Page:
Sacred Texts  Native American  Maya  Index  Previous  Next 

p. 173



Chichen Itzá was at one time not only the greatest and most powerful city in Yucatan, but it was a sacred city as well, a center of pilgrimage to which people flocked from every part of the peninsula and from foreign countries also to make offerings of gold, incense, copper, precious stones and human victims. The city owed its reputation for sanctity to its cenote, 1 or natural well, which was believed to be inhabited by the gods and the spirits of the illustrious dead. It is a great cup-shaped depression in the earth with perpendicular walls, about seventy feet down to the surface of the water and about one hundred and seventy feet across. The sacred well served no utilitarian purpose; the city obtained its water from another more convenient cenote and several artificial wells.

We first hear of the Sacrificial Cenote from Bishop Landa who mentions it several times in his report on the natives of Yucatan. He gives an account of human sacrifice and adds: "Besides killing people in their towns, they had two infamous sanctuaries at Chichen Itzá and Cozumel, where they sent an infinite number of wretched people to be sacrificed. At the former they were flung headlong down a precipice, and at the latter they tore out their hearts." 2 "From the court facing these theaters (two stone platforms in front of the main temple) a broad and handsome causeway led to a well about twice a stone's throw distant. Into this well it was their custom to cast living men as a sacrifice to the Gods in times of drought; and it was their belief that they did not die, although they never saw them any more. They also threw in many other things of precious stone and articles which they highly prized. Thus if this land had contained gold, this well would hold the largest part of it, so devoted were the Indians to it. It is a well with a depth of seven times a man's height down to the water and a breadth of more than one hundred feet. It is round with a sheer precipice down to the water which is extraordinary. The water appears to be very green, and I believe that this is caused by the thicket of trees with which it is surrounded. It is also very deep. Above, close to its mouth, is a small structure where I found idols made in honor of all the principal edifices of the country, almost like the Pantheon at Rome. I do not know whether this was a device of the ancients or of the moderns in order to encounter their idols when they came to this well with offerings. I found pumas carved in the round, (stone) jars and other things such that I do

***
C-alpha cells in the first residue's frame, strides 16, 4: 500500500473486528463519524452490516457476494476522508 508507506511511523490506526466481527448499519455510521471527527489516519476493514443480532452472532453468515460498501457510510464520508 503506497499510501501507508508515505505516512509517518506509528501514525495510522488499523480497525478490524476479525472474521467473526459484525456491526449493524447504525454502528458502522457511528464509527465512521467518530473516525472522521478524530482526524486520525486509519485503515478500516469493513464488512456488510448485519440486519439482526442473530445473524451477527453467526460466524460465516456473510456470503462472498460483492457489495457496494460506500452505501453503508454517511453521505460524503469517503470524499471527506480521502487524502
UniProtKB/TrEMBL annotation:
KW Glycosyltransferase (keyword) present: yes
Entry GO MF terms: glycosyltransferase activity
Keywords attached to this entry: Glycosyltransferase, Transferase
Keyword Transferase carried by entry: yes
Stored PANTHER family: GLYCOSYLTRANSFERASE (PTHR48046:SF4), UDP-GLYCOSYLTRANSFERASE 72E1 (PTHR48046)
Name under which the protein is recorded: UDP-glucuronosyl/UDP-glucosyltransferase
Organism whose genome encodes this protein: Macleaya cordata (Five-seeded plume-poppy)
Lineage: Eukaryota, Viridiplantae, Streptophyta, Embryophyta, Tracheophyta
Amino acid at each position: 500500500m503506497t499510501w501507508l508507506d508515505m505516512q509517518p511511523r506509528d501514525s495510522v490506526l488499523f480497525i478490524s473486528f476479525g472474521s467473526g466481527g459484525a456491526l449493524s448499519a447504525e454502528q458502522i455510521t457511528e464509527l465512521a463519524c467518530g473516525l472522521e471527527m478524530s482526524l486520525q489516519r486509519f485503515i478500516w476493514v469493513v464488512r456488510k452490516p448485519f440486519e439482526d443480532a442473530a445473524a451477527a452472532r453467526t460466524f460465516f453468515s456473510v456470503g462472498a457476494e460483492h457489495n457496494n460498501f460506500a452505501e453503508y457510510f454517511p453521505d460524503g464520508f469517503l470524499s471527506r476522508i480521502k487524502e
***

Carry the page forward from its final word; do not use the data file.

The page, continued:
p. 174

not know how anyone can say that these people did not have steel tools. 1 I also found two men of great stature each carved from a single block of stone, naked but their modesty preserved by the coverings the Indians formerly used. They had separate heads with ear-rings in the ears such as the Indians used to wear. There was a tenon at the back of the neck which fitted into a deep hole made for it which was also in the neck. When fitted together it made a complete figure." 2 Landa also tells us "that they held Cozumel and the well at Chichen Itzá in as great veneration as we do the pilgrimages to Jerusalem and Rome." 3